We had just passed over Kamchatka, Russia, where I took a picture of about 20 of the many dozens of the volcanoes there. The sun angle was low making the volcanoes practically jump out at me.
Along the coast in the foreground you can see wisps of what looks like milk in the water. Those are ice flows that are starting to coalesce into massive sheets.
Volcanoes of Kamchatka
We then headed out over the Aleutians, and as I floated in the cupola juggling three cameras I saw long streamlines of clouds flowing south across Bristol Bay. The clouds then ran into the Alaska Peninsula and there the streamlines met their match.
Downwind of Shishaldin and Pavlof volcanoes, the streamlines became swirls that extended for a thousand miles or more into the north Pacific.
Von Karman Vortex Streets
Those two trails of swirls are Von Karman vortex streets, named after the aerodynamicist who explained the phenomenon. In a nut shell, when airflow of the correct speed passes over a round body (like a volcano, for instance), vortices will be shed alternately from one side and then the other. It’s the same mechanism that can make power or phone lines “sing” in a gale. If you know the diameter of the wire and the pitch of the tone (or in this case the size of the volcano and the spacing of the swirls) you can calculate the wind speed. It’s classic aerodynamics, but on a thousands of miles scale.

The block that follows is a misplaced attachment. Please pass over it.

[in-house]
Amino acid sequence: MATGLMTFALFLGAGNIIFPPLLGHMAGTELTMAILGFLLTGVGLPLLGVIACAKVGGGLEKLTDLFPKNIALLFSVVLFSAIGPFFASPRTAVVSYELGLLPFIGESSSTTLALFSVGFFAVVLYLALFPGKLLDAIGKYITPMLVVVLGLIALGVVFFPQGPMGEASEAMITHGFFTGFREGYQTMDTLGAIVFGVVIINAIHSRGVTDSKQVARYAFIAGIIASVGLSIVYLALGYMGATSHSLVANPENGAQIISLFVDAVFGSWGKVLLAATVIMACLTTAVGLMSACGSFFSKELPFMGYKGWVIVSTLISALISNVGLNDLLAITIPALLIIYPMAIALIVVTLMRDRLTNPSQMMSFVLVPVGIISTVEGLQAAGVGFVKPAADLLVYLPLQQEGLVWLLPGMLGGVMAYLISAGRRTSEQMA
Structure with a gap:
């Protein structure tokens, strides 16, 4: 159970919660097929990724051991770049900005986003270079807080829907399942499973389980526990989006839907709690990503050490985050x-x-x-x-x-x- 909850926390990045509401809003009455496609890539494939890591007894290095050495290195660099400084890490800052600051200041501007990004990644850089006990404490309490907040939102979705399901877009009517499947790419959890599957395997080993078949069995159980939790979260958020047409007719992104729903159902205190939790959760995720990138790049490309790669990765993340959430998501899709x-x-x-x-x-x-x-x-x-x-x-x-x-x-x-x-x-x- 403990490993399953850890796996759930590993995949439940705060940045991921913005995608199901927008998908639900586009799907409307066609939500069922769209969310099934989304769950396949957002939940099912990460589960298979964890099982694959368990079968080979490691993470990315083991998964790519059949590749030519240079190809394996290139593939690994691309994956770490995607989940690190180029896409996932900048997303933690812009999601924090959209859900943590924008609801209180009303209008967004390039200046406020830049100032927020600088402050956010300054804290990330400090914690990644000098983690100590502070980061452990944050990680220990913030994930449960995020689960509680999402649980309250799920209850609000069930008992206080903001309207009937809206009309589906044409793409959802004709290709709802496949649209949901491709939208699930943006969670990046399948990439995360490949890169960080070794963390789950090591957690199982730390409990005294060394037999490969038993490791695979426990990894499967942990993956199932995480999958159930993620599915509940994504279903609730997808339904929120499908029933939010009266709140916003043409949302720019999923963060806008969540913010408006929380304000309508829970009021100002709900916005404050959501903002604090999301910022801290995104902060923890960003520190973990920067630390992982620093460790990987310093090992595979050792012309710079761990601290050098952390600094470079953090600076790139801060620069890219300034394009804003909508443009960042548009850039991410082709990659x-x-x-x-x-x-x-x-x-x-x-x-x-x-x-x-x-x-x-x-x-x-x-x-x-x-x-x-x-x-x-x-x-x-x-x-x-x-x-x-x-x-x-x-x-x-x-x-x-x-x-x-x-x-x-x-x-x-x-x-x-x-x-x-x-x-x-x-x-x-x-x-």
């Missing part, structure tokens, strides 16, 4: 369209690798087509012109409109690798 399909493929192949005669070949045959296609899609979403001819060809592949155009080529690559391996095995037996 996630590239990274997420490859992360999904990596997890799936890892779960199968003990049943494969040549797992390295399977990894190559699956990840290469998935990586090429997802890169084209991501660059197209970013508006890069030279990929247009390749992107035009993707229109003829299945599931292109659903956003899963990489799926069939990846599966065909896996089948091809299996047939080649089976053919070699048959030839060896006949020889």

Putting the aerodynamics demonstration astern, Kodiak Island came into view and I couldn’t help but think of all those Coasties (members of the United States Coast Guard) down there on fisheries patrol or flying out the Aleutians on a SAR (search and rescue) case.
Moonrise over the Yukon and Kodiak, Alaska
Just as I was thinking about that, the moon started to rise over the Yukon with Kodiak in the foreground. It was a magnificent sight. To all the Coasties in Alaska, and across the US and the world, I salute you. Our service is about saving property and lives on the seas. and you do it exquisitely well.